CALL IMPORTANT PRE-
Mayor George S. Lyon, of Falls
City, president of the League of Ne
braska Municipalities, has called a
two day session of the Executive
Board, the Legislative committee and
the Insurance committee to be held
iu Lincoln December 18 and 19. The
meeting was originally set for the
19th and 20th. Monday and Tuesday.
but due to inability of the members
to spare two week days from their
respective busy pre-Christmas calen
dars, has been changed to Sunday
Elmer Webb, Plattsmouth council
man, is a member of the Legislative
committee and expects to attend the
sessions, which will be held at the
The program adopted will be pre
sented to Governor Cochran at a
special conference set for 11:30 Mon
DOINGS IN COUNTY COURT
From Friday's Dally
This morning several matters were
up for hearing in the county court
before Judge A. H. Duxbury.
Hearing was had on determination
of heirship in the estate of Delin
Final settlement was had in the
estate of George H. Dennis, deceased,
of Weeping Water. Mrs. Bessie Phil
pot and Mrs. Neva Hopkins, execu
trixes of the estate, were here as
well as Roy B. Dennis, one of the
heirs of the estate.
Final settlement was had in the
estate of Frank Zoz, deceased of
Elmwood. J. Barta, of Elmwood and
William T. Zoz of Murdock, admin
istrators of the estate were here for
NEW ALDRICH STORY
"Song of Years," the newest story
of Bess Streeter Aldrlch, Elmwood
authoress, is starting this week in
the Saturday Evening Post. This
story is said to be one of the best
that Mrs. Aldrlch has given to the
world and many have enjoyed read
ing the opening chapters of the story.
PROGRAM - PLATE SUPPER
Given by Kenosha school at Lewis
ton Community Center, Friday, Dec.
16, 8 p. m. Everyone invited.
Rev. J. W. Taenzler, Pastor of the
First Christian Church, Reads
the Marriage Lines.
From Thursday's Dally
At a very pretty home wedding
at eight o'clock last evening Miss
Margaret Cheval, daughter of Mr.
and Mrs. Frank Cheval of this city,
became the bride of Floyd Babcock.
son of Mrs. Thomas Brandon of Om
aha. Rev. J. W. Taenzler performed
the impressive single ring ceremony.
The bride was dressed in a street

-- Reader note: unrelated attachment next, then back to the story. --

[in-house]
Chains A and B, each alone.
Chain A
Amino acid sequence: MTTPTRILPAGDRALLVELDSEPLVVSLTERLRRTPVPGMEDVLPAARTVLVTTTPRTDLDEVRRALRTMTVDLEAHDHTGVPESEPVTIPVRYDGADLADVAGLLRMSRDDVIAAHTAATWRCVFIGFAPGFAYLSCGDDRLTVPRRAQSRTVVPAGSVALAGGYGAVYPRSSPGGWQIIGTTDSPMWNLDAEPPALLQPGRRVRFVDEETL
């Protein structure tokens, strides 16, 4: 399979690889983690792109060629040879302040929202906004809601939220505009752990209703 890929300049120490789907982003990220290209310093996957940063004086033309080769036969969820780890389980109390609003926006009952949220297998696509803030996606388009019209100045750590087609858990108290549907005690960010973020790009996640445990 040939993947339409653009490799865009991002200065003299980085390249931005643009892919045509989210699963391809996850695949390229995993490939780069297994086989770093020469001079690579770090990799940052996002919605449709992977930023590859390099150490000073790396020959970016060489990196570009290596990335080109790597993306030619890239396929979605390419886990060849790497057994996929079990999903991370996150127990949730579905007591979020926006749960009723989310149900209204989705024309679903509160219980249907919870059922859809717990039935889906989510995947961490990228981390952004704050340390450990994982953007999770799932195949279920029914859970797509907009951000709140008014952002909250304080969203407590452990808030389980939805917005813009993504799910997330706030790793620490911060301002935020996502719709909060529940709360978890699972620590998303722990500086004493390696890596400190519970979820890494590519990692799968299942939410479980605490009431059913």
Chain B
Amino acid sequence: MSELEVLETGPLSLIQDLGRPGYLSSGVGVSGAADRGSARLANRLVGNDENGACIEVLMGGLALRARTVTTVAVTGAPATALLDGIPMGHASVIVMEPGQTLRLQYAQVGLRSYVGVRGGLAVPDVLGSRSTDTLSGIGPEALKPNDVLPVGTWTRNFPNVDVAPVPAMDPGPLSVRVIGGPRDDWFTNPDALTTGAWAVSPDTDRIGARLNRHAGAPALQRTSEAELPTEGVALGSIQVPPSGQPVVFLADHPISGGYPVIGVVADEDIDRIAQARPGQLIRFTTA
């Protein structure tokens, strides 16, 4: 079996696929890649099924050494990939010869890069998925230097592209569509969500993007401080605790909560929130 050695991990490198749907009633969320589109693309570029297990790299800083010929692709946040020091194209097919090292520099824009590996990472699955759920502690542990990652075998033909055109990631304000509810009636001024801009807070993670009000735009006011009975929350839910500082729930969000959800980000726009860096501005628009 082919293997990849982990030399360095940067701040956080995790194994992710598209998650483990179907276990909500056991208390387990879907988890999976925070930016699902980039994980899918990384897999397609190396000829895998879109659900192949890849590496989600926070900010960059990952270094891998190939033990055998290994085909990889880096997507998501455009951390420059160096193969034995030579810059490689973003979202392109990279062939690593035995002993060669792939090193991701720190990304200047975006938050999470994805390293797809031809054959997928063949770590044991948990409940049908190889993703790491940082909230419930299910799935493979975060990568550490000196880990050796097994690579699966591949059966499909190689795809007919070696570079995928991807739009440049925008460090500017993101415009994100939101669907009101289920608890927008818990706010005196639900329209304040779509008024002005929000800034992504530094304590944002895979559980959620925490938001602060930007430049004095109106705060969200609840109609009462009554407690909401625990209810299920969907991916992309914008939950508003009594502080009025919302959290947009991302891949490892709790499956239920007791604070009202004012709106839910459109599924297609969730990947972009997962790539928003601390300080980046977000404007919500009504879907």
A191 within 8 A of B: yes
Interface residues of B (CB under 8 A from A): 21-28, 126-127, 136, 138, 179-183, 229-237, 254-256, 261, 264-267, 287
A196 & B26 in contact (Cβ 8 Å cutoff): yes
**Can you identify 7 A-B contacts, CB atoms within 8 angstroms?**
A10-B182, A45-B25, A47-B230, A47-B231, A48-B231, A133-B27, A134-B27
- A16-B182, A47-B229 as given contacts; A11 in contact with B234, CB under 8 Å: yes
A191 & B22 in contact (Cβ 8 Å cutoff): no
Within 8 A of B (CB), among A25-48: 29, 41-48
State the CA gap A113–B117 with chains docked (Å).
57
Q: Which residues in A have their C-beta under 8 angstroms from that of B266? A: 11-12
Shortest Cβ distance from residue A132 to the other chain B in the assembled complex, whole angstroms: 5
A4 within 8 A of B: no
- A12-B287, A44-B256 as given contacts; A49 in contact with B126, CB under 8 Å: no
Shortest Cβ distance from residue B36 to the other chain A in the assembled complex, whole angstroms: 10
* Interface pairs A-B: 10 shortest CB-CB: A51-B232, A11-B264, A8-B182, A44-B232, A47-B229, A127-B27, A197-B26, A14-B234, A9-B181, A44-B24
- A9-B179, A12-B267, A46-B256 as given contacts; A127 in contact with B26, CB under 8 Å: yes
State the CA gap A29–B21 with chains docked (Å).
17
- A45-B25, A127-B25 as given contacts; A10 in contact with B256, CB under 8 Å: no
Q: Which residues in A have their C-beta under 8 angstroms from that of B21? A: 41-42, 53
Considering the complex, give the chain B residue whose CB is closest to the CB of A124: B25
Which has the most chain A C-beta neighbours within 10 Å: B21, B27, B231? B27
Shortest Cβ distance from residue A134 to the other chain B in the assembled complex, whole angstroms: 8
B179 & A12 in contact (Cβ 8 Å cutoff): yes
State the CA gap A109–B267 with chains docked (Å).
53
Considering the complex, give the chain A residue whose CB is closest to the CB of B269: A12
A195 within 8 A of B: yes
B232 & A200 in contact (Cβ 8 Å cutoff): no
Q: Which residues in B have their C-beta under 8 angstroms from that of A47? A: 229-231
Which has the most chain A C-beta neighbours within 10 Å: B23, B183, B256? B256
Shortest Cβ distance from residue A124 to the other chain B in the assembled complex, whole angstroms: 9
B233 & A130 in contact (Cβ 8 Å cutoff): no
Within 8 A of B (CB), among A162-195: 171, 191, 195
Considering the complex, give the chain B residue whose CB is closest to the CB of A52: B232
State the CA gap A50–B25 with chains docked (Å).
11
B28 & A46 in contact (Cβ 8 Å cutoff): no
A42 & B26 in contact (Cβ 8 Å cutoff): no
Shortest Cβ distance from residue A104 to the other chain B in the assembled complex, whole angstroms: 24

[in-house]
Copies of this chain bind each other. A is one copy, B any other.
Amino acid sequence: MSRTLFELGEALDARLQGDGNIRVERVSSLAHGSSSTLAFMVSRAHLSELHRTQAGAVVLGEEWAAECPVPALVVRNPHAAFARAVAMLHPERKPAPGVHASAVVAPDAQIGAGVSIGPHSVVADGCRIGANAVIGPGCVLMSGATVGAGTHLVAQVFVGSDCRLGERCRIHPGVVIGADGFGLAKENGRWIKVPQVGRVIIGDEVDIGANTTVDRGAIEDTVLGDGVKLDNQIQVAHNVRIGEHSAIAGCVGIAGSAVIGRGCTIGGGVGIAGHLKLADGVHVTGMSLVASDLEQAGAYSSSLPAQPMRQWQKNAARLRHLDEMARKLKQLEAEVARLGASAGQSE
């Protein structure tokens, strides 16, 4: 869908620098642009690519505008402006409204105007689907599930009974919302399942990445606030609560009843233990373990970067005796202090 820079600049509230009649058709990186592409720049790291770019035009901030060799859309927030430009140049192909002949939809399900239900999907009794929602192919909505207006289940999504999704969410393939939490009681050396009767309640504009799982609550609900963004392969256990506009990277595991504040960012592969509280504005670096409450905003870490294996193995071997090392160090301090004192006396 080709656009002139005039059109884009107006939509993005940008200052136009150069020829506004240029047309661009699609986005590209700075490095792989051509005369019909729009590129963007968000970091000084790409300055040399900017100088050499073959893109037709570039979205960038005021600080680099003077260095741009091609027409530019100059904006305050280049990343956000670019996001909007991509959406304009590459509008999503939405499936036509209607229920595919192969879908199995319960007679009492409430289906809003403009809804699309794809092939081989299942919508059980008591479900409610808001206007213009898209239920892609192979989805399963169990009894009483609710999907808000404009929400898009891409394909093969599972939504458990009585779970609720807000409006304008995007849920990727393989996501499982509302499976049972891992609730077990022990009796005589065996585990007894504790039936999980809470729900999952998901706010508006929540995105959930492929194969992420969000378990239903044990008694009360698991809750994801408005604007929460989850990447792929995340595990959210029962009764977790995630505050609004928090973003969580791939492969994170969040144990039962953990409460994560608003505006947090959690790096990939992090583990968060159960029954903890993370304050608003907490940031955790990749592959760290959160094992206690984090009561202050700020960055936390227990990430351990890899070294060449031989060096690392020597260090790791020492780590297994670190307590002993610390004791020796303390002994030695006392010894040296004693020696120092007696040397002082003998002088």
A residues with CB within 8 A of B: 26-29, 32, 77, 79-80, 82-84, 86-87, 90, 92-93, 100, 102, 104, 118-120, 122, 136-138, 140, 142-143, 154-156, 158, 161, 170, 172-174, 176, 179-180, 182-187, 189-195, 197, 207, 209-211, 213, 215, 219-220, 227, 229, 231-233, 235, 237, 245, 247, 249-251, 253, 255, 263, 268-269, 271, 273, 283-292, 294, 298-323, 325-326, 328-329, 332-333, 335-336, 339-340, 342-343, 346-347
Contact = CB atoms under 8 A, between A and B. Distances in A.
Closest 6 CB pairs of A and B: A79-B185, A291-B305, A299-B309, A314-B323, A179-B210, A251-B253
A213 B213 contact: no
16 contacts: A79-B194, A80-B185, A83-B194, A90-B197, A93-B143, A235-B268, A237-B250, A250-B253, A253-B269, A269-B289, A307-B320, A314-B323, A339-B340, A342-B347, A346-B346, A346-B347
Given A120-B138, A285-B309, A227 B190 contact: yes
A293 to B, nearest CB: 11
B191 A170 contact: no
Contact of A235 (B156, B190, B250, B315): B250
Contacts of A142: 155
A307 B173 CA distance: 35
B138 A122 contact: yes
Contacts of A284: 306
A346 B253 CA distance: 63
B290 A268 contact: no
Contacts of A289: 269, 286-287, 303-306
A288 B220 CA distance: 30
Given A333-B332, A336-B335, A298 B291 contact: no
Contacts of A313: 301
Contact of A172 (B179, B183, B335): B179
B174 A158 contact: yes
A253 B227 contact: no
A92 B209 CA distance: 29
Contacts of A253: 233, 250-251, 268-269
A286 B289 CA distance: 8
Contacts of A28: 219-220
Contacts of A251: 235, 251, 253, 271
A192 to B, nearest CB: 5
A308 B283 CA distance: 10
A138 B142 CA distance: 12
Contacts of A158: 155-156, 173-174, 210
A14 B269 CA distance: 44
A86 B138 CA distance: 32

length dress of royal blue silk crepe
and had black accessories. She wore
a wreath of bridal roses in her hair.
Her bridesmaid was Miss Delores
Cheval, sister of the bride who was
also dressed in a dark blue silk dress.
The gTOom wore a dark business
suit as did the groomsman, Her
man Waller, brother-in-law of the
Immediately after the ceremony a
delightful wedding luncheon was
served for the relatives of the young
couple by the bride's grandmother,
Mrs. Rosina Ripple, assisted by Mrs.
Zelma Gochenour and Mrs. Glen Lar
sen. The wedding cake was baked
by Miss Anna Knieke and was beau
tifully decorated with a miniature
bride and groom.
Out-of-town guest3 were Mr. and
Mrs. Thomas Brandon, Mr. and Mrs.
Ralph Rendenbaugh, Mr. and Mrs.
Herman Weller, all of Omaha.
The happy couple left last eve
ning for their home at 2719 Henry
street in Omaha which had been ar
ranged for their occupancy. The
groom is employed in Omaha.
MANY COMPLIMENTS ON
The past week has brought many
complimentary letters from depart
ment and district officers of both the
American Legion and Legion Auxil
iary on what the writers term one
of the most successful district con
ventions held in the state in a num
ber of years. All speak well of the
hospitality shown by Plattsmouth
people. Both the department com
mander and department president,
who have now attended eleven of
thirteen scheduled district meetings.
state they had a better time here
than anywhere else. Complimentary
mention of the Plattsmouth conven
tion is also made in several of the
newspapers of the district.
The local convention committees
are gratified that their efforts to put
over a successful convention met
with such general approval.
JOLLY WORKERS CLUB
The Jolly Workers club met Fri
day with Mrs. Wallace Warner, with
all members present. This was the
last of the birthday towel showers
for '38. The ladies decided to con
tinue to have birthday parties, only
to let each member give what they
wish at a set price. The ladies also
exchanged Christmas gifts. A New
Year party for the family was plan
ned at the home of Mrs. Ed Tritsch.
The restof the afternoon was spent
in cards. Mrs. J. M. Kaffenberger
won the high score and Mrs. Max
Vallery was low. Mrs. Warner
served a lovely lunch. Everyone had
a real good time.
From Friday's Daily
Dr. and Mrs. F. D. Burgess, of
Omaha, who were here visiting at
the home of Mrs. J. A. Donelan,
sister of Mrs. Burgess, departed this
morning for their home. They are
making their home this winter with
their son, Frank D. Burgess, who
was today appointed deputy state